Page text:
After 7 weeks living off the land in a rugged state forest, a subdued fugitive, Eric Frein, made his first court appearance Friday in Milford, Pa., on a capital murder charge of killing a state trooper with a high-powered rifle.
For law enforcement in Pennsylvania, the capture of the 31-year-old self-taught survivalist Thursday night by U.S. Marshals was personal. He was placed in handcuffs belonging to the state trooper he is accusing of killing, Cpl. Byron Dickson, and placed in Dickson’s patrol car.
“Now he will face justice,” Pennsylvania Gov. Tom Corbett said.
Frein, wearing an orange jumpsuit and displaying a small cut over his left eyebrow, was taken to the courthouse in Milford in a caravan that included an armored vehicle and police in fatigues carrying weapons.
Handcuffed and subdued, the suspect was taken from a squad car and marched into the courthouse to the cheers of local residents.
The marshals found Frein hiding in the field near a hangar at a small abandoned airport in Tannersville without a gun on his person.
“He was definitely surprised,” said state police commissioner Frank Noonan.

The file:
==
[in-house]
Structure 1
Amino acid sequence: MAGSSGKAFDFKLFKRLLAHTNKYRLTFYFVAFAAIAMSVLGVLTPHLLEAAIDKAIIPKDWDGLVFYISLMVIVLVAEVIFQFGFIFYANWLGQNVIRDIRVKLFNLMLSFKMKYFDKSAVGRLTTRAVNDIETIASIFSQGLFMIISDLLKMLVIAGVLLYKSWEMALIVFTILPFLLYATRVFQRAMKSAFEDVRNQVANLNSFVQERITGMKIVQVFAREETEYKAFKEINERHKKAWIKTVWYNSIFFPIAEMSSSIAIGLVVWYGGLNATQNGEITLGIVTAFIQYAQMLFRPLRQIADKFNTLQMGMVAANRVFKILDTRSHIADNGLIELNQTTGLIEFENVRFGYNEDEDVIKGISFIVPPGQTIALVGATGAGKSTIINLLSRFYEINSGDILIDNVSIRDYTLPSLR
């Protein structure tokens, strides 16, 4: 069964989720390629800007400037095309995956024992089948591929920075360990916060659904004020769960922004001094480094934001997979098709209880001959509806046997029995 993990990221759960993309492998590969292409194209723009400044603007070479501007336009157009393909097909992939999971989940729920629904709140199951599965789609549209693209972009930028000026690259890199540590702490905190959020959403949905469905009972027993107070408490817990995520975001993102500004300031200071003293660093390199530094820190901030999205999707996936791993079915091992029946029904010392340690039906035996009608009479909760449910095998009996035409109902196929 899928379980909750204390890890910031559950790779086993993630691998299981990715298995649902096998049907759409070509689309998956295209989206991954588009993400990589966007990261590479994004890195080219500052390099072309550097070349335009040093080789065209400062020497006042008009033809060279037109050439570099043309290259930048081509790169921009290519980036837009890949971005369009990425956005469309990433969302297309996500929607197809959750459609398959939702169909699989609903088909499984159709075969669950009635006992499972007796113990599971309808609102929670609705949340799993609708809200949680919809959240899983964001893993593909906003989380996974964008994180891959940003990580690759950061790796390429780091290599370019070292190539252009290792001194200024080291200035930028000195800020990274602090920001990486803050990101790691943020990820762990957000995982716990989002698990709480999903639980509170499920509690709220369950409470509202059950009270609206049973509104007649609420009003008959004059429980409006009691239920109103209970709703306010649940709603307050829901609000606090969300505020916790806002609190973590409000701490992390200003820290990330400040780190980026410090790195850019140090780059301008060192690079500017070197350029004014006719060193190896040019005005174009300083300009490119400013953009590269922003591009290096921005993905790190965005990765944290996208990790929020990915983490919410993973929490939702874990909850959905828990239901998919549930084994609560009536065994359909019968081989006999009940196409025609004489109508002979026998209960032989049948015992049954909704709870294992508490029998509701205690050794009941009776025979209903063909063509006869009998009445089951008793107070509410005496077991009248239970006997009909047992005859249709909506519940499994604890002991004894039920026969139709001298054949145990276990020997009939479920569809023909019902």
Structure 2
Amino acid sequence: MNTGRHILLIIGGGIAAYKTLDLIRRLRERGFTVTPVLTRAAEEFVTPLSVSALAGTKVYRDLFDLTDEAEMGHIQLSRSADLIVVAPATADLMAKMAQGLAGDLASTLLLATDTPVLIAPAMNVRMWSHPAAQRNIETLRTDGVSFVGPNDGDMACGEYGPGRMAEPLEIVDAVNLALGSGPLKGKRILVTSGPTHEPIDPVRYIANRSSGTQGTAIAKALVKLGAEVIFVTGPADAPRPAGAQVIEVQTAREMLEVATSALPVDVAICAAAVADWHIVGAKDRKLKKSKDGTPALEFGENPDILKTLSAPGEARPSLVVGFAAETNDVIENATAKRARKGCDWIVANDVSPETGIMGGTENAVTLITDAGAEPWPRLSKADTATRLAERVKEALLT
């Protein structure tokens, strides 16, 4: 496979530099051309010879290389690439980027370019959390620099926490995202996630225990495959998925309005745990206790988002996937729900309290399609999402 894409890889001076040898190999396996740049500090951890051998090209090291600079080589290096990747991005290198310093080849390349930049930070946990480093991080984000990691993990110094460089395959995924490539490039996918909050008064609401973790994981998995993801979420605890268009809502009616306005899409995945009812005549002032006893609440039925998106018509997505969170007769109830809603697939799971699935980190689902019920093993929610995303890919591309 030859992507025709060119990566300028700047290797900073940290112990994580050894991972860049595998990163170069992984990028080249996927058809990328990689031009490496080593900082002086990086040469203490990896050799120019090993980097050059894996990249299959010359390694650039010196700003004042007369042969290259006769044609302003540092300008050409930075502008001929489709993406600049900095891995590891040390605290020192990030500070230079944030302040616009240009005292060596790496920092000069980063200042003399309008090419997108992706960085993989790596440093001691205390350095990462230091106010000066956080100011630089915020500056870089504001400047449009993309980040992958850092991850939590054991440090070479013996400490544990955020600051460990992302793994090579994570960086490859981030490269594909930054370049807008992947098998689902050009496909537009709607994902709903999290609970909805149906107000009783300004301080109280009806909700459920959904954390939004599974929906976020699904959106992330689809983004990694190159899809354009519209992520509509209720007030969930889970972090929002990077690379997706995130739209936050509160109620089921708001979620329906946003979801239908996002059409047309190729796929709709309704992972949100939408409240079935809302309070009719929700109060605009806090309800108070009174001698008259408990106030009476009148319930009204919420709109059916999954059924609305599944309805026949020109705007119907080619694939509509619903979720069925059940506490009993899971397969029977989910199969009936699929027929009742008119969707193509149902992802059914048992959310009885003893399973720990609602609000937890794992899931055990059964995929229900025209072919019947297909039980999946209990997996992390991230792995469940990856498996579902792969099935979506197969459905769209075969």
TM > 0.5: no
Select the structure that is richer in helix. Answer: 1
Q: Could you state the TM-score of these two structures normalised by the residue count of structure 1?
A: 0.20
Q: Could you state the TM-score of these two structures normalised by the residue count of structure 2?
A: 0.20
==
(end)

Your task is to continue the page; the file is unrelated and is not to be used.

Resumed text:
He said Frein was unarmed and “gave up because he was caught and he had no choice but to give up.”
“When they approached it (the hangar), they saw an individual that they thought was Eric Frein, and they ordered him to surrender, to get down on his knees and raise his hands, which is what he did,” Noonan told reporters. “Once they approached him, he admitted his identity and he was taken into custody.”
Noonan said authorities had kept up the pressure to try to capture the fugitive in the woods for fear that if he got into populated areas he might try to kill other police officers or civilians.
“We weren’t going to stop until this fugitive was arrest,” he said. “And I’m glad it ended without any other loss of life, including his.”
Dickson’s family, as well as wounded Trooper Alex Douglass and his family, expressed “relief and gratitude” over Frein’s arrest, Noonan said.
The capture brought widespread relief in the Pocono Mountain communities near the search area, which was on edge during the lengthy manhunt.
SOURCE: Doug Stanglin